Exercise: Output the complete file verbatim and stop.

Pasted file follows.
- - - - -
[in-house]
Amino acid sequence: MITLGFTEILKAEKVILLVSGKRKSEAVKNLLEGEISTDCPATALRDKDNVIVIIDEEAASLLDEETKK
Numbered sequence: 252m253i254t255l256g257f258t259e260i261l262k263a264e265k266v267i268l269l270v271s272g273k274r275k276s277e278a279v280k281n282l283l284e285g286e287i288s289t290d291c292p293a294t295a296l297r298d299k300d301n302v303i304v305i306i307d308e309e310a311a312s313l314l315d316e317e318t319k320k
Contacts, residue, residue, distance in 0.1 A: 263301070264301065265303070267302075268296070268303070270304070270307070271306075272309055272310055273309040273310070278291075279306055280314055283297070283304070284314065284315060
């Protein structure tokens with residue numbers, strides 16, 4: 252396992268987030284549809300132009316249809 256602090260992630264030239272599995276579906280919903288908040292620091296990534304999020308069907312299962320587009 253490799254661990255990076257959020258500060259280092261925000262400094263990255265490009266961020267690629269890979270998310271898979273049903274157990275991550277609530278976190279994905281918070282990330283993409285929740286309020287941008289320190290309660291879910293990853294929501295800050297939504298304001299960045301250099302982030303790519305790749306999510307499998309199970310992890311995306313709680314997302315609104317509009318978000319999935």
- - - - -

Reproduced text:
[in-house]
Amino acid sequence: MITLGFTEILKAEKVILLVSGKRKSEAVKNLLEGEISTDCPATALRDKDNVIVIIDEEAASLLDEETKK
Numbered sequence: 252m253i254t255l256g257f258t259e260i261l262k263a264e265k266v267i268l269l270v271s272g273k274r275k276s277e278a279v280k281n282l283l284e285g286e287i288s289t290d291c292p293a294t295a296l297r298d299k300d301n302v303i304v305i306i307d308e309e310a311a312s313l314l315d316e317e318t319k320k
Contacts, residue, residue, distance in 0.1 A: 263301070264301065265303070267302075268296070268303070270304070270307070271306075272309055272310055273309040273310070278291075279306055280314055283297070283304070284314065284315060
């Protein structure tokens with residue numbers, strides 16, 4: 252396992268987030284549809300132009316249809 256602090260992630264030239272599995276579906280919903288908040292620091296990534304999020308069907312299962320587009 253490799254661990255990076257959020258500060259280092261925000262400094263990255265490009266961020267690629269890979270998310271898979273049903274157990275991550277609530278976190279994905281918070282990330283993409285929740286309020287941008289320190290309660291879910293990853294929501295800050297939504298304001299960045301250099302982030303790519305790749306999510307499998309199970310992890311995306313709680314997302315609104317509009318978000319999935």